The world is yours, as well as ours
A group exhibition that explores modes of abstraction in recent Chinese paintings.
The history of abstraction in the West charts a clear trajectory, beginning with the advent of Modernism in the early part of the 20th century and the work of artists such as Kandinsky, Malevich and Mondrian. In China, however, abstraction is simply one of the many parallel styles available to contemporary Chinese artists – considered neither in opposition to, nor independent of an alternative figurative form of practice. The language of abstraction in China developed independently, through diverse influences including traditional calligraphic aesthetics, Taoist philosophy and as a challenge to dominant forms of painting promoted during the Cultural Revolution. An appreciation of abstract forms is deeply embedded in Taoist thought, while the arrangements of calligraphy, arguably the most abstract of traditional Chinese painting styles has, in part, shaped the discourse around contemporary abstraction. This exhibition draws together paintings by nine Chinese artists whose work, in different ways, contributes to this rich dialogue.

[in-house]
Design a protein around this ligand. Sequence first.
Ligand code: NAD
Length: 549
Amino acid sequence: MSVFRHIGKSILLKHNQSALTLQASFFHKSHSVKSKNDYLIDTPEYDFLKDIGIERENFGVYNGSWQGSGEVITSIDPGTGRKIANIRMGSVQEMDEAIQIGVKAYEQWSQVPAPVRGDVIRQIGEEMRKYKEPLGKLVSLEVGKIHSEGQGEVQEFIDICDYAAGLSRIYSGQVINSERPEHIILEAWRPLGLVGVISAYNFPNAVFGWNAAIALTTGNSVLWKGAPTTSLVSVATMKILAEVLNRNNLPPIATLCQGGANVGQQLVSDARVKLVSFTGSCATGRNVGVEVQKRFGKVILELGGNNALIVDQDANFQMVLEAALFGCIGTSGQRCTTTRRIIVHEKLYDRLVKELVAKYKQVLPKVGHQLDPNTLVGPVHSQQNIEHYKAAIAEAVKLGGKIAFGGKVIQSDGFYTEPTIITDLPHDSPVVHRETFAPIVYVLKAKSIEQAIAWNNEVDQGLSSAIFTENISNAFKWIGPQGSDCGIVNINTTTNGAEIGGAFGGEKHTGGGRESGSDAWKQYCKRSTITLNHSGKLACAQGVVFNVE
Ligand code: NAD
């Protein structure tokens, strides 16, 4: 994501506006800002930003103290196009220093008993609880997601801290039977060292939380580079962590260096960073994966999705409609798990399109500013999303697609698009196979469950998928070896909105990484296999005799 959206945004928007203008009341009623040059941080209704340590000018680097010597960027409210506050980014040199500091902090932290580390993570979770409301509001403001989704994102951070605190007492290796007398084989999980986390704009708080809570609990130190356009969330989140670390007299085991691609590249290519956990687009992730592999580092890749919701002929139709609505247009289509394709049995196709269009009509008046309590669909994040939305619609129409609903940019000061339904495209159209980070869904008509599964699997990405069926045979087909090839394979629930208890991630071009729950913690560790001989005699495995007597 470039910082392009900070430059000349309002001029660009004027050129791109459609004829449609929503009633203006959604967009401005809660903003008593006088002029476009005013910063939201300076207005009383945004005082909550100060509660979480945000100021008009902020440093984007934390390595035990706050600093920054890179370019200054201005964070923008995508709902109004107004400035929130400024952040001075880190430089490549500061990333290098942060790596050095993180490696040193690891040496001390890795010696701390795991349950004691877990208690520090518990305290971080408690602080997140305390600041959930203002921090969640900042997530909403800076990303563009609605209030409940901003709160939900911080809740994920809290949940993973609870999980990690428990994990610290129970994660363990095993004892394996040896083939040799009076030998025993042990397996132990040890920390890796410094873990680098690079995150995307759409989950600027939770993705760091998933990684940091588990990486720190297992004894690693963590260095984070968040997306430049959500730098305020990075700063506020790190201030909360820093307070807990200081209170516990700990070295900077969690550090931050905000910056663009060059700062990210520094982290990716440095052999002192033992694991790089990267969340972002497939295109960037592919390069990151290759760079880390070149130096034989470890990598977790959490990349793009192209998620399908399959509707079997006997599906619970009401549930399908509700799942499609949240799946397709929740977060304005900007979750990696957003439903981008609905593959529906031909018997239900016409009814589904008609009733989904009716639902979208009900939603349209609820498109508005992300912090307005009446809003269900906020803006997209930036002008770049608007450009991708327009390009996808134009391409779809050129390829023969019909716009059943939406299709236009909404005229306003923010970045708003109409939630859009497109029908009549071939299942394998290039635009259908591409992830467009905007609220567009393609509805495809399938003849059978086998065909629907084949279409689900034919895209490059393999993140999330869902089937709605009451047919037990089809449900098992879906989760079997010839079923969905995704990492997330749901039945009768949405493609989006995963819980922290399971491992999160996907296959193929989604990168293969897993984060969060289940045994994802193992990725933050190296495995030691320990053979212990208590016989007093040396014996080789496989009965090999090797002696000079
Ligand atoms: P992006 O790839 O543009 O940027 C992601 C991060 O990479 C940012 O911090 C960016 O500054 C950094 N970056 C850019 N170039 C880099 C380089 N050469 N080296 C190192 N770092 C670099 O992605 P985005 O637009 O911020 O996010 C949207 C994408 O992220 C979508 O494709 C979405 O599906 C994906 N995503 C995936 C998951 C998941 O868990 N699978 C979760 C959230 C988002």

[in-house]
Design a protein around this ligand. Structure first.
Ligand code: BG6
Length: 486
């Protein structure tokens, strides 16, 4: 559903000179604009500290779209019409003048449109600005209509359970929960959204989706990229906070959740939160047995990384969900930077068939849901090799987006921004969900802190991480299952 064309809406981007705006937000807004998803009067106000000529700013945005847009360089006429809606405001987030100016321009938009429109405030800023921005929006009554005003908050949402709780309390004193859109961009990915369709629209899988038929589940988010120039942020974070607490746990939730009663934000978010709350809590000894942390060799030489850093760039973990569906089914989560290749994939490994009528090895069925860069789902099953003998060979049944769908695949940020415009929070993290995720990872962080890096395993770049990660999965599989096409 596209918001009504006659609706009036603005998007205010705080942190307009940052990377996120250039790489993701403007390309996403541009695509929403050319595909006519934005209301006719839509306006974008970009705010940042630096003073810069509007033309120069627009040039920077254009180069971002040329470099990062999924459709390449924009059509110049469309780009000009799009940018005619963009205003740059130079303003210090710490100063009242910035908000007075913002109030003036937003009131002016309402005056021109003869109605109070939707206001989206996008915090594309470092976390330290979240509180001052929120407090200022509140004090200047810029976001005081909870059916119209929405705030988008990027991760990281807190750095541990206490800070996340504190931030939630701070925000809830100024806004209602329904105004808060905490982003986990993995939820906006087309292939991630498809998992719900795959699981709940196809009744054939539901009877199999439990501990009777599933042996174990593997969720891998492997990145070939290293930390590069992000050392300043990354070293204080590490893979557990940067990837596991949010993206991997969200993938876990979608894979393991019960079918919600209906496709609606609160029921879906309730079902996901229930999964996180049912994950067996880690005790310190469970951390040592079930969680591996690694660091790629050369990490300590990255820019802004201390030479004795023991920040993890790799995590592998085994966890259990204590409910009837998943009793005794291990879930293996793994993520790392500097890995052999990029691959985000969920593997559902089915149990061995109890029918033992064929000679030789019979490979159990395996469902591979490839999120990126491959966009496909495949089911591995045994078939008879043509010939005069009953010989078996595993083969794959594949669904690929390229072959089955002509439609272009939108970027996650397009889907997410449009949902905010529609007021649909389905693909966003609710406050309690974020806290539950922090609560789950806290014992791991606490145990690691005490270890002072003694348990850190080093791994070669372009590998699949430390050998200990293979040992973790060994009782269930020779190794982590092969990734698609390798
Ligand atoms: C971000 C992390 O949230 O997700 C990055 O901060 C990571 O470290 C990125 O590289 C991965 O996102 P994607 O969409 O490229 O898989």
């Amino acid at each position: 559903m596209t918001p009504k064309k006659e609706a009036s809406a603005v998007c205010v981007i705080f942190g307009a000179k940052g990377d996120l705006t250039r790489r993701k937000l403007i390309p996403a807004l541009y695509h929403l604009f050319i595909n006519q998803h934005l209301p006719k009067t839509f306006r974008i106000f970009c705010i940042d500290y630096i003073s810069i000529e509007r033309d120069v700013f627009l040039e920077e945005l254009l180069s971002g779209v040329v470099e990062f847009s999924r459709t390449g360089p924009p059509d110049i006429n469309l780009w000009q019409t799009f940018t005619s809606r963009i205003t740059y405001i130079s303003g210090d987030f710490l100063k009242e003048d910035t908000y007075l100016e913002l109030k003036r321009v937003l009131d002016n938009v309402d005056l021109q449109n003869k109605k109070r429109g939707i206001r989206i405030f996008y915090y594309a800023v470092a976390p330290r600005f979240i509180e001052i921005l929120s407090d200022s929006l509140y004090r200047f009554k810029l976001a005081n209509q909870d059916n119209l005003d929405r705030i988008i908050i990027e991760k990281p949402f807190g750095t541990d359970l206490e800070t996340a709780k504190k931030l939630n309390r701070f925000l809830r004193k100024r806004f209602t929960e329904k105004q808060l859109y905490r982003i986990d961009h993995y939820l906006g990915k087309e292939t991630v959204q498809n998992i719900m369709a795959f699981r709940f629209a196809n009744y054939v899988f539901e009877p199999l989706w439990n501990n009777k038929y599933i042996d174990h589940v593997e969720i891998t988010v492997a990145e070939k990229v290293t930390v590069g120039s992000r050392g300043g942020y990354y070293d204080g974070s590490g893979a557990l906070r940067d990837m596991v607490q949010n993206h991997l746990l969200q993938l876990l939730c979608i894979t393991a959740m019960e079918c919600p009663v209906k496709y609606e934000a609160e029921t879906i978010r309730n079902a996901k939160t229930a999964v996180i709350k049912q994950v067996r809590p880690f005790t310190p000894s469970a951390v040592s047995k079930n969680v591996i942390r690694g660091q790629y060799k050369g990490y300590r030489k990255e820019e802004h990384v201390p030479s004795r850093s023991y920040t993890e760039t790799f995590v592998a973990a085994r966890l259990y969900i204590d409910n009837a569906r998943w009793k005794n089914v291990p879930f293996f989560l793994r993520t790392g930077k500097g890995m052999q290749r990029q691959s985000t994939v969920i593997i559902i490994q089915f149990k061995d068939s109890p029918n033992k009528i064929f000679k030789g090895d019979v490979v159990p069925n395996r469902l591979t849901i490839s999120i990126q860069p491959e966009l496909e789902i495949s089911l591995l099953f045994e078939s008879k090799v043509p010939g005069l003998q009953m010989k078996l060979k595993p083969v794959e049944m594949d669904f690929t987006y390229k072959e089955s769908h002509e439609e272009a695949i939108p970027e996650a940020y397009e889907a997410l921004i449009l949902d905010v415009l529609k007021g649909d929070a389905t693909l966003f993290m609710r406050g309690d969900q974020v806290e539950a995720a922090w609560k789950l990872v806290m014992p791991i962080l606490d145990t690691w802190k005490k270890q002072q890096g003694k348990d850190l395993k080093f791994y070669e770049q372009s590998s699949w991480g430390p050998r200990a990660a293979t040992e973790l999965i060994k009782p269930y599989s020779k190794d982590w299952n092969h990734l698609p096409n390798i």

I particularly liked the work of Yu Youhan, large scale black and white marks on canvas, freeflowing and energetic with dripping black ink lines that together form lines and moving circles. See above and to follow:
I also liked the work of Qian Jiahua. Flat, angled blocks of colour joined by fine lines almost as if they are tied together.
Another beautiful work was this, a mix of paint and cut paper. Free form and very elegant…light of touch:
Quite amazing work by Liu Wentao in their control and precision of line. I wonder if the soul of the painting is taken out by the exactitude of the work.